RELEVANT Magazine’s founder and CEO, Cameron Strang, is stepping away from his role at the publication in the wake of accusations from former employees that he promotes a toxic work environment. Both Strang and RELEVANT have posted apologies, promising to take the needed steps to pursue transparency and accountability in the future.
“I don’t want to see any of my negative patterns continue,” said Strang in his post. “I don’t want my lack of positive leadership to hold RELEVANT’s mission back. So, this morning the RELEVANT leadership and I decided that I would step away from my position. Call it a sabbatical, or a leave of absence, but I want to use an extended period of time to engage a process of healing, growth and learning.”
What Happened with RELEVANT Magazine
On Saturday, the 21st, Religion News Service (RNS) broke the story that multiple former employees at RELEVANT had come out with accounts of negative behavior they encountered from Strang during their time with the publication. People started sharing these stories because Andre Henry, Managing Editor of RELEVANT from October 2017 to July 2018, saw that on Twitter, the magazine had recommended a podcast about race and the church. Henry commented that based on his experience with the magazine, there was no way RELEVANT could possibly address racial issues in any meaningful way.
There are people I love and appreciate here.
But I have to say, I have concerns about this company doing a race podcast, seeing as how they stripped me of all decision-making power for wanting to post one article each day for Black History Month while I was managing editor. https://t.co/5Pobne39rD
— Andre “Making Decisions Now” Henry (@andrehenry) September 16, 2019
Soon afterward, Henry wrote a blog on Medium titled, “Black Christians Deserve Better Than Companies (And Churches) Like Relevant Media Group.” In it, he provides some examples of “many occurrences of oblivious racial insensitivity” and controlling behavior he witnessed from Strang. After being hired, Henry says his job went smoothly until Strang took issue with how much content he was planning for Black History Month. The CEO suggested that people wouldn’t be interested in that much content on racial issues and that Henry should have run his curating decisions by Strang–even though curating content was central to Henry’s job.
Henry says he was soon “stripped of all decision-making power” when it came to choosing content and that he ended up only staying at the magazine for six months, “largely because of race fatigue.”
Others chimed in on Twitter to say that their experience was similar to Henry’s.
This is not, unfortunately, new. I’m grateful you wrote this. And sad things haven’t changed. It also reminds me of why I pushed to shut down Radiant when I was there. Bc it became an excuse for never running articles on women’s issues in RLV. “That should go in Radiant.”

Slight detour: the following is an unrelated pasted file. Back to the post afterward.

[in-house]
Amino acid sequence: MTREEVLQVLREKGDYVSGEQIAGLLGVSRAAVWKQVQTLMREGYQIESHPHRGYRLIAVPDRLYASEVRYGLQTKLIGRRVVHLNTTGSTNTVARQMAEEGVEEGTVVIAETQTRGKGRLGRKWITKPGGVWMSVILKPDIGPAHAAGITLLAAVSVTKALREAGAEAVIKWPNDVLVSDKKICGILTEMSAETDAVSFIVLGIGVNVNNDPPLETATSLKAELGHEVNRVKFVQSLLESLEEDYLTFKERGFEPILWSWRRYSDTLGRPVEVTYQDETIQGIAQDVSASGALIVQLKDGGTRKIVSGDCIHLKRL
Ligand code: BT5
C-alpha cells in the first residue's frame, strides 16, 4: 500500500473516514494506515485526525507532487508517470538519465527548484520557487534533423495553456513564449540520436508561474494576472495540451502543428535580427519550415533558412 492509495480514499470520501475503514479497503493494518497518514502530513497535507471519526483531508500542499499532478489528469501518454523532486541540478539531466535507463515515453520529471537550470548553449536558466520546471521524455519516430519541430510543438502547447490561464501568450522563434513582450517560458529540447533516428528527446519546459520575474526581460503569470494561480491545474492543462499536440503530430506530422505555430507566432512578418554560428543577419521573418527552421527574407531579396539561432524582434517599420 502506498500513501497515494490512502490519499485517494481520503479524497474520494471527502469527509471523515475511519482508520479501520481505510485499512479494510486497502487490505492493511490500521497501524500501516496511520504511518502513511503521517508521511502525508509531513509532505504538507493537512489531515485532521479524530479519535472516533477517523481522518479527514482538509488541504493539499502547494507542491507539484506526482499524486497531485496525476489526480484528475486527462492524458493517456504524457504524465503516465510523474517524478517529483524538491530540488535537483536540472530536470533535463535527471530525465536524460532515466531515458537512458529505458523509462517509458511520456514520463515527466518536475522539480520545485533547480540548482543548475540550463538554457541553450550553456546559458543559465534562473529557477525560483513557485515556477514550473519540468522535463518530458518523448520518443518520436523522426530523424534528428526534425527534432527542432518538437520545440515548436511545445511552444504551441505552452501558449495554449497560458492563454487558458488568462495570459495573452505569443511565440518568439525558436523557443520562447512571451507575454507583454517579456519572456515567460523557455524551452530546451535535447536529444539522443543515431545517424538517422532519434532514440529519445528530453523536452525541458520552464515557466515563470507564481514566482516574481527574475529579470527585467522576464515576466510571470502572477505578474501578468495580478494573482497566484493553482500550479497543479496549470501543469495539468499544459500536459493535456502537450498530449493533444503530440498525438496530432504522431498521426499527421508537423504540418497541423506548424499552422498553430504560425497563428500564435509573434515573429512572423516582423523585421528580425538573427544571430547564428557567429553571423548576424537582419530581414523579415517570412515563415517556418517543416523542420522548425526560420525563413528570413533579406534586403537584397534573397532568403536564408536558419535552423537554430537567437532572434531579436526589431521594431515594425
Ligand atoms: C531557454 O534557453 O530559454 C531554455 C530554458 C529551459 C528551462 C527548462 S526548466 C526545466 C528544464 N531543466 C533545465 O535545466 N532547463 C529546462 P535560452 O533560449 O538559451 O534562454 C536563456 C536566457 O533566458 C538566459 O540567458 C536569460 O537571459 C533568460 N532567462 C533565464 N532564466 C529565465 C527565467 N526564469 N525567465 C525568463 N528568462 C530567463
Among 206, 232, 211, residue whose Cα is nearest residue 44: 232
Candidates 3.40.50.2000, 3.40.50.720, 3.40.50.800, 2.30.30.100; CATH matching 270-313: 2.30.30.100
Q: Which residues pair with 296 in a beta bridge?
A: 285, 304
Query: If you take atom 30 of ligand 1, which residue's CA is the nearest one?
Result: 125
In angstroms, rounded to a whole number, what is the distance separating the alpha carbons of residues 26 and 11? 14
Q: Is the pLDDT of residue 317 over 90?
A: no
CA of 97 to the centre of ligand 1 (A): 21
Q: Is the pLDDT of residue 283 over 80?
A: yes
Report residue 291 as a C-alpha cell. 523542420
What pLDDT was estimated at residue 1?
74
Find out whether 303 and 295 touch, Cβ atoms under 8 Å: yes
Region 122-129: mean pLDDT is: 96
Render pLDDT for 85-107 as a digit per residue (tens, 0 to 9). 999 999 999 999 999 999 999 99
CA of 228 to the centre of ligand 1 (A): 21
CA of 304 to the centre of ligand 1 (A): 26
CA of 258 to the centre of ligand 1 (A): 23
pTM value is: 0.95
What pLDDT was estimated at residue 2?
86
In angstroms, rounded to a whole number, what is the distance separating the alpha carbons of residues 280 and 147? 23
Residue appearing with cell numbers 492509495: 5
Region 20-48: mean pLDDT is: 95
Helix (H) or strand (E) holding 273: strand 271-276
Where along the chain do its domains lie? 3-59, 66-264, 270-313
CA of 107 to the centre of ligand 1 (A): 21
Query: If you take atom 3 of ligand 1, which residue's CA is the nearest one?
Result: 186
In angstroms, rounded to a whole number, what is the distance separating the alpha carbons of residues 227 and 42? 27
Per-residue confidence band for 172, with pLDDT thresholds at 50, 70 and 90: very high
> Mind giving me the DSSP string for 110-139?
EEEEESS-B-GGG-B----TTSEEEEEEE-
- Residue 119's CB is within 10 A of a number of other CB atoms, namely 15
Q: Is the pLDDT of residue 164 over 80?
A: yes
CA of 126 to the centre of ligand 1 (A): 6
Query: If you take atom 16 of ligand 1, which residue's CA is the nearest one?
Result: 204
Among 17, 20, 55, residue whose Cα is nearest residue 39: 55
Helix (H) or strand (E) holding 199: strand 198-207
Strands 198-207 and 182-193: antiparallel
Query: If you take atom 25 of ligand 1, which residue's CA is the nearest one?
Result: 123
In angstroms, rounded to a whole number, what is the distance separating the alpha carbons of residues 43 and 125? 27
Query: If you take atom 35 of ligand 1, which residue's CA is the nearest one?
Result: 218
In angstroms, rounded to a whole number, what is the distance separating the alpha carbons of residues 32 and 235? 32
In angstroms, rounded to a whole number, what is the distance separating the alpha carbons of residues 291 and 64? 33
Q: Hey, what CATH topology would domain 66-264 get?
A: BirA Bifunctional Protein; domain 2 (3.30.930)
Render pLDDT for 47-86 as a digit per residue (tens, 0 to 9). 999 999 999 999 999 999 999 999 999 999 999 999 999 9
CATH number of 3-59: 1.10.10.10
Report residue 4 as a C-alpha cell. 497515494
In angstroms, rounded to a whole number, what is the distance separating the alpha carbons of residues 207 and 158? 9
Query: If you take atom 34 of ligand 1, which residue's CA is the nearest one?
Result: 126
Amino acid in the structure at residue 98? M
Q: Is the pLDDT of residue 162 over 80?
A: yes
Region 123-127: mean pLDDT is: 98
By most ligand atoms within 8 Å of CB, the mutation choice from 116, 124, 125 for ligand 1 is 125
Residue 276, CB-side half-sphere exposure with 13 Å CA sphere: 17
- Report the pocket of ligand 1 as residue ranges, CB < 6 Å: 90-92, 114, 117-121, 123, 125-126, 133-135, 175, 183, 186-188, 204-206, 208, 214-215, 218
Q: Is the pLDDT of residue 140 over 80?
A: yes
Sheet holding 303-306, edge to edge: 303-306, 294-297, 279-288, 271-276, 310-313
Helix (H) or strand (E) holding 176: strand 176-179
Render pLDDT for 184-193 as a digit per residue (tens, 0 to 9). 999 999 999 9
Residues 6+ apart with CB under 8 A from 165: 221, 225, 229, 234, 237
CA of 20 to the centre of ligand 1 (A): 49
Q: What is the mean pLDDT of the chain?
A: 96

— Roxanne Stone (@roxyleestone) September 19, 2019
.@andrehenry and @rebeccamariejo both published something about the magazine we all used to work for that you should read. Not quite ready to talk (honestly they’re braver than I am right now), but I can say their experiences echo my own.
— Laura Studarus (@Laura_Studarus) September 20, 2019
In particular, Rebecca Flores, who was the Managing Editor before Henry, published her own post about her experience at RELEVANT.
Here it is. I haven’t written anything personal/not work-related in months but standing with @andrehenry is important. Periodt. I have been working on this since 11am this morning and 5,439 words later, it’s time to get offline and clean my house. https://t.co/ai5hfQvazu
— RJ (@rebeccamariejo) September 20, 2019
She describes manipulative, erratic and controlling behavior from Strang, as well as disturbing interactions on the topic of race.
One time in an editorial meeting, those present were discussing how to feature a black Christian rapper who had publicly supported the Black Lives Matter movement. Strang suggested portraying him with a noose around his neck to “symbolize his lynching by white evangelical America.” Flores, who was the only woman and the only person of color present, was the only one who pushed back on the idea, saying they couldn’t publish an offensive image like that. Instead of understanding, Strang was annoyed with Flores for disagreeing with him.
A turning point in her experience came when Strang modified Flores’s byline without her permission. When she corrected what she thought was a mistake, he reprimanded her, told her that her writing was terrible and removed her name from the article. Flores describes other abusive behavior from Strang, whom she calls a “toxic despot.” As time went by she grew increasingly depressed in her role, and he eventually let her go from the position.
At the end of her article, Flores writes, “Cameron Strang is exceptionally talented at behaving for those whom he must behave for and that itself reveals the inner conflict that drives so much of this egotistical behavior. This is probably the most important thing I can communicate about the experiences that are all too common between myself and other former employees. He’s either aligned with the winners or he’ll be the victim, but he can never be the loser.”
Speaking to RNS, Ryan Hamm, who was an editor and managing editor for RELEVANT between 2009 and 2012, confirmed the accounts of Strang’s racial insensitivity. And Aaron Hanbury, who used to be Rebecca Flores’s boss at the magazine, verified her story about the rapper with the noose around his neck.
How RELEVANT Has Responded
After the Twitter firestorm erupted, Henry posted a screenshot of a personal apology Strang had sent him, as well as an edited version demonstrating what Henry felt would have been a genuine apology.